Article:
I usually use a washcloth, too. It's just already there and it's easier for me. I love the wash bag, though! I actually have been asked by some customers to make cotton velour rounds - mine are actually square, though, lol. I don't have any in stock right now, but I'm hoping to get some up in my etsy shop dedicated to all things reusable this weekend. I love the prints on the rounds from etsy - heck, I love etsy! :) I currently use cotton balls for things like tea tree oil (as antiseptic and pimple clearer) but maybe I'll have to try rounds out!

Beth Terry
Beth Terry

Melissa, the instructions on the box say you can just hang up the whole bag with rounds inside to dry.

Beth Terry
Beth Terry

Jen! You've been using them for a year and never mentioned them to moi? What else are you hiding from me? Kacie, yes, for ears. An I know you're not supposed to stick them in and all that, but it's just so satisfying. That said, I've been very very frugal with them, knowing at some point I'd be confronted with finding a plastic-free replacement. I might have to make a trip to Japantown and get the ear pick in a plastic wrapper. At least it's a one-time purchase. How long do they last? Do they wear out? And how do you clean them?

Melissa B
Melissa B

I love my etsy cotton rounds :) But how do you dry them? I hang them individually. I use them to tone & clean my earrings & for cuts. I'll definitely second the Japanese ear pick - they're great! You can get then from Jlist http://www.jlist.com/home

Puck
Puck

I don't use a huge amount of make-up so buying a whole bunch of cotton rounds at Duane Reade seems really wasteful to me. Getting reusable ones is great!

monkeyjen
monkeyjen

I have been using unbleached hemp cotton rounds for over a year (etsy) and I really love them. After use, I stick them in a cloth drawstring bag that was left from a set of sheets and wash all when I need to. I do think this item is preferable to a piece of toilet paper or something, if not necessary. Like cotton balls, they hold more of whatever you are using and absorb more. I have used them for nail polish removal... but that did not seem like a great idea as the polish won't wash off. I did purchase disposable solely for this purpose. I wholheartedly endorse reusable cotton rounds for all of your cosmetic and first aid needs.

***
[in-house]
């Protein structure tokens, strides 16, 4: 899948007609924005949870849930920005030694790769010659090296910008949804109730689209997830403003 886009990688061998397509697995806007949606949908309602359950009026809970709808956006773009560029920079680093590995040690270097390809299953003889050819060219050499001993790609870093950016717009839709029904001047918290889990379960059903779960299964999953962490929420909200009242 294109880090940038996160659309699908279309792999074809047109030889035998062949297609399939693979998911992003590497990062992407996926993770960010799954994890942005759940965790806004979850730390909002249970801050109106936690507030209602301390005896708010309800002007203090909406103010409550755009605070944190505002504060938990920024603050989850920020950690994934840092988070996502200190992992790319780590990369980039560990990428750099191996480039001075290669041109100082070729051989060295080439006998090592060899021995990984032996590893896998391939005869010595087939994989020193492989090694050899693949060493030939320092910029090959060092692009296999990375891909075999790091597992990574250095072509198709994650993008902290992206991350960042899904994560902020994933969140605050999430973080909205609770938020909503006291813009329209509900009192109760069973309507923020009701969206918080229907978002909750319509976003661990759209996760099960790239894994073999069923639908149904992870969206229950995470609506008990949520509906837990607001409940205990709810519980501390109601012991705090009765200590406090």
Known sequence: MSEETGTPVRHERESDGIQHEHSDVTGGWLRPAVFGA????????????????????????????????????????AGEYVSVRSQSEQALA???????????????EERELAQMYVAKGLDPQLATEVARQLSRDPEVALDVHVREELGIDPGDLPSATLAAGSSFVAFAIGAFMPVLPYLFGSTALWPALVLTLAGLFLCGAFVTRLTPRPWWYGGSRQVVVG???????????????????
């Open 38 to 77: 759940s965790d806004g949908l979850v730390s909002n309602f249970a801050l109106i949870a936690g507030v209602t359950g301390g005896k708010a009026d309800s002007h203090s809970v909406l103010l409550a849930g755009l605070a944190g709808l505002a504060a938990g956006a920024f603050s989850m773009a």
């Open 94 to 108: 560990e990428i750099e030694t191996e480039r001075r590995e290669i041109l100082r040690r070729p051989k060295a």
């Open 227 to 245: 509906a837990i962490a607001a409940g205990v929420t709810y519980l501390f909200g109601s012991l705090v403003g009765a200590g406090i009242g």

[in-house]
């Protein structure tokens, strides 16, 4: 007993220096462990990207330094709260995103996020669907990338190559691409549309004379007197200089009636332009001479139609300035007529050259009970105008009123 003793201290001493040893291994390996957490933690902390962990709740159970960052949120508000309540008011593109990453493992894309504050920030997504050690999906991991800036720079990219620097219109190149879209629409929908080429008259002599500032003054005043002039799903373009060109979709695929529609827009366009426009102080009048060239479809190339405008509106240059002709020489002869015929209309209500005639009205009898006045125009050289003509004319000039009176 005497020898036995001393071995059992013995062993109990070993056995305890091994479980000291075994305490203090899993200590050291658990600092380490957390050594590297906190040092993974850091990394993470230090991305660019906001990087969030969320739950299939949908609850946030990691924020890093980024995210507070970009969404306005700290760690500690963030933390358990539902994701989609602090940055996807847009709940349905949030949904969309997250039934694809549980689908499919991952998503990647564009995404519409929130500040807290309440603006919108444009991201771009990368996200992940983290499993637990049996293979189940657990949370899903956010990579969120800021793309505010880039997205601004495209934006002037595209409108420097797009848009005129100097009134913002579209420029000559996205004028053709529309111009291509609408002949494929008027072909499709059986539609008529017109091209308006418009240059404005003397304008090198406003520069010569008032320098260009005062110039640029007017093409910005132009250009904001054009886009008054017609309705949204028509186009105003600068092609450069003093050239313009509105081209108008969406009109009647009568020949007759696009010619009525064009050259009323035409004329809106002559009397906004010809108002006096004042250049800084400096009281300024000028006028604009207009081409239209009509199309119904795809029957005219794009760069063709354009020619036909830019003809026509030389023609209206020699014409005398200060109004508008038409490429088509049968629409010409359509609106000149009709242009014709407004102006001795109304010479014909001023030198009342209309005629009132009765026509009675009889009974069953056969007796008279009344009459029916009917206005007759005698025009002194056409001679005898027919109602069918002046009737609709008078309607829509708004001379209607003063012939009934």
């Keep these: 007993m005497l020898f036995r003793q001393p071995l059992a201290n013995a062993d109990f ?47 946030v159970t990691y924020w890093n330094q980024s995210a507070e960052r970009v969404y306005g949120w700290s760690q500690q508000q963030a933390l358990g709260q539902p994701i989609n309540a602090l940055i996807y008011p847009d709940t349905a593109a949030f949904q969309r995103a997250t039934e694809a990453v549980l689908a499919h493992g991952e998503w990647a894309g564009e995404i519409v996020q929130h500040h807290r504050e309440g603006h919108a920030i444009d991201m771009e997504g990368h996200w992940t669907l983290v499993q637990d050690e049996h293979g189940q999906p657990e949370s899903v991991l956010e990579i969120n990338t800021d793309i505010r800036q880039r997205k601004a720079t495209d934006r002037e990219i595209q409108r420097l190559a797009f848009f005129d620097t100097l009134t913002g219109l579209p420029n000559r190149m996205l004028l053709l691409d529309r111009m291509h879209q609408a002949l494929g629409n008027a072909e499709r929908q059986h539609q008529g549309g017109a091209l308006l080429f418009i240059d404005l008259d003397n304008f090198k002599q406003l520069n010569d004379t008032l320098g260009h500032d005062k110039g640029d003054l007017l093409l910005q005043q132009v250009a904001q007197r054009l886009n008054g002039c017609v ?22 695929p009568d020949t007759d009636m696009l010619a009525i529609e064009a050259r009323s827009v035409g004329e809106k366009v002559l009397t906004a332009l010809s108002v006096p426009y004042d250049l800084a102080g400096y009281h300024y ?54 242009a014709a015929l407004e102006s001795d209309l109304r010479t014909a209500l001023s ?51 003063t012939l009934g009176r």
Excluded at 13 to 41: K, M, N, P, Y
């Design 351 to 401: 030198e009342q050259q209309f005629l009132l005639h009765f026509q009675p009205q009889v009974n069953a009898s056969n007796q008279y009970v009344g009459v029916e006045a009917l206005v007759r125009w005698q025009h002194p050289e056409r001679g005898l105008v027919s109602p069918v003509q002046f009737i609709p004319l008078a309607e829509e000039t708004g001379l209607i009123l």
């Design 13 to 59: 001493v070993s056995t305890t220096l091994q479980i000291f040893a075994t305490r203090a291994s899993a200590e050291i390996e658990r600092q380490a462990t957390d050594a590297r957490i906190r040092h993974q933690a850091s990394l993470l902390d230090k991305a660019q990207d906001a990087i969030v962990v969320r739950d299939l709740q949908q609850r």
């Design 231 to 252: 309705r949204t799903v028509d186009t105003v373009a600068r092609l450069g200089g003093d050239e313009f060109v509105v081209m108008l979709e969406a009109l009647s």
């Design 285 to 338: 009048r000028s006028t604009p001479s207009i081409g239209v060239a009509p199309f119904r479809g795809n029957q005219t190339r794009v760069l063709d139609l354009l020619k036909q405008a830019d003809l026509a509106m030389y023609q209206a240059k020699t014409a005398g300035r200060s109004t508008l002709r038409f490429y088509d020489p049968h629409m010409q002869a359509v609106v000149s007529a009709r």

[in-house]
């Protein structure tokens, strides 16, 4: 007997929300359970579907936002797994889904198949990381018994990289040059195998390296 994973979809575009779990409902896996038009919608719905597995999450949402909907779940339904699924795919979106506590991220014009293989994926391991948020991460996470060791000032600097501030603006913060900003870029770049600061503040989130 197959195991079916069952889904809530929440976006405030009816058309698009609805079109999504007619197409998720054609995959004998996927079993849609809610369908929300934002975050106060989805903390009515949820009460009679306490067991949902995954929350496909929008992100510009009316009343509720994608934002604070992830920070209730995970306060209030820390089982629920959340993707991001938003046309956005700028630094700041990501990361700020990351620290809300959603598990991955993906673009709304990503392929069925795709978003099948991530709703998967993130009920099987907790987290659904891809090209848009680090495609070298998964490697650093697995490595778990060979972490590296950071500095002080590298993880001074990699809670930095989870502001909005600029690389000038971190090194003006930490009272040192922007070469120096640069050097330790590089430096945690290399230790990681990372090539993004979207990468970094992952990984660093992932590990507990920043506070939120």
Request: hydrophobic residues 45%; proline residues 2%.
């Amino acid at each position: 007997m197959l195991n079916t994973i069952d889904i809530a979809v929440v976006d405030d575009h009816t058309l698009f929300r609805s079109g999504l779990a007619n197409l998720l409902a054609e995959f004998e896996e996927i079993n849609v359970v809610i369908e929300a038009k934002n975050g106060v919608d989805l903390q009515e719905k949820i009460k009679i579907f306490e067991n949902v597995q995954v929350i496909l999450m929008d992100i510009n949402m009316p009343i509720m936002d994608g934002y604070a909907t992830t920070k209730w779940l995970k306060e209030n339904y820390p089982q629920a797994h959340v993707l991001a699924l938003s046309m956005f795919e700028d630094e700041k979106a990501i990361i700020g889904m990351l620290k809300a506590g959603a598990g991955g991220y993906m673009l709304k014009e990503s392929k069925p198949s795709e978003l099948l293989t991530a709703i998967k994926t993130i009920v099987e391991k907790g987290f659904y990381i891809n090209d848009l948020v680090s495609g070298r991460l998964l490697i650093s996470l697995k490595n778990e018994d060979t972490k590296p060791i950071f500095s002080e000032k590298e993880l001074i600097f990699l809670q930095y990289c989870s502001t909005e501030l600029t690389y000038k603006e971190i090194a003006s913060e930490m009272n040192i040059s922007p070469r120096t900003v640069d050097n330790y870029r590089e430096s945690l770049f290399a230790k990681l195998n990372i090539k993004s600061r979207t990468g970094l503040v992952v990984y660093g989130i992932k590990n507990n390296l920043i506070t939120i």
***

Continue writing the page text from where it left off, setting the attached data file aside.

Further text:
Kacie
Kacie

Beth, maybe instead of q-tips you could use an ear pick. It's kinda sorta like a tiny bamboo crochet hook thing and it scrapes our ear wax instead of swabbing it out. I got mine at a Japanese grocery store. It did come in plastic but to me a reusable thing in plastic always beats out disposables in plastic. This is all assuming you're using them for ears :)

SM
SM

It's nice to see more reusable cloth alternatives. In the past I have used cotton balls for applying ointments or peroxide to cuts, I'm not a big makeup fan either. I do use a lot of Q-tips, and will check out the store listed for an alternative. Thanks for letting us know.

EcoCatLady
EcoCatLady

Ha! I was reading along thinking to myself... OK, but does anybody really use that kind of stuff anyhow? What's it for? I've never even heard of a "cotton round". Then I got to the end and it hit me... oh yeah... makeup... that hideous stuff that I haven't used since high school. It's funny. I seem to forget that the whole world didn't come along on my life changing ride with me.

Amanda
Amanda

"And finally, someone pointed me to a company called Better for Grownups that makes reusable cotton rounds from organic cotton and packages them in plain brown boxes. The best answer yet." ~made me feel all warm and squishy! Yay!

Akemi S.
Akemi S.

ooh! i didn't know about reusable cotton rounds. thanks for the tip! maybe i can even sew my own.

Beth Terry
Beth Terry

Blame it on the ADD, Jen. You probably did tell me and I was distracted and not paying attention.

Beth Terry
Beth Terry

Oh EcoYogini, I know. I know. I know all that stuff about why I shouldn't put q-tips in my ears. I know. But it FEELS SO GOOD! I also listen to music WAY WAY louder than I should. My friends and I were just discussing tonight how we hate wearing earplugs at concerts because of how they dampen the sound and how we'll start out with our ears plugged and then end up just pulling them out and enduring the onslaught. My friend told me there are super expensive earplugs you can buy for listening to loud music, but I just can't justify a purchase like that. It's a plastic item I definitely don't need. Anyway, since we were talking about bad things people do to their ears. Q-tips and loud music -- two of my favorite things. (I am not a role model kids. Do what EcoYogini advises, for sure.)

Beth Terry
Beth Terry

Hi! I'd love to hear more about your experiment Jan. Did you keep a blog? What were some of the biggest challenges for you?

Beth Terry
Beth Terry

I'm still looking for an alternative to q-tips. Even the organic Swisspers ones come in a cardboard box that is shrink-wrapped in plastic.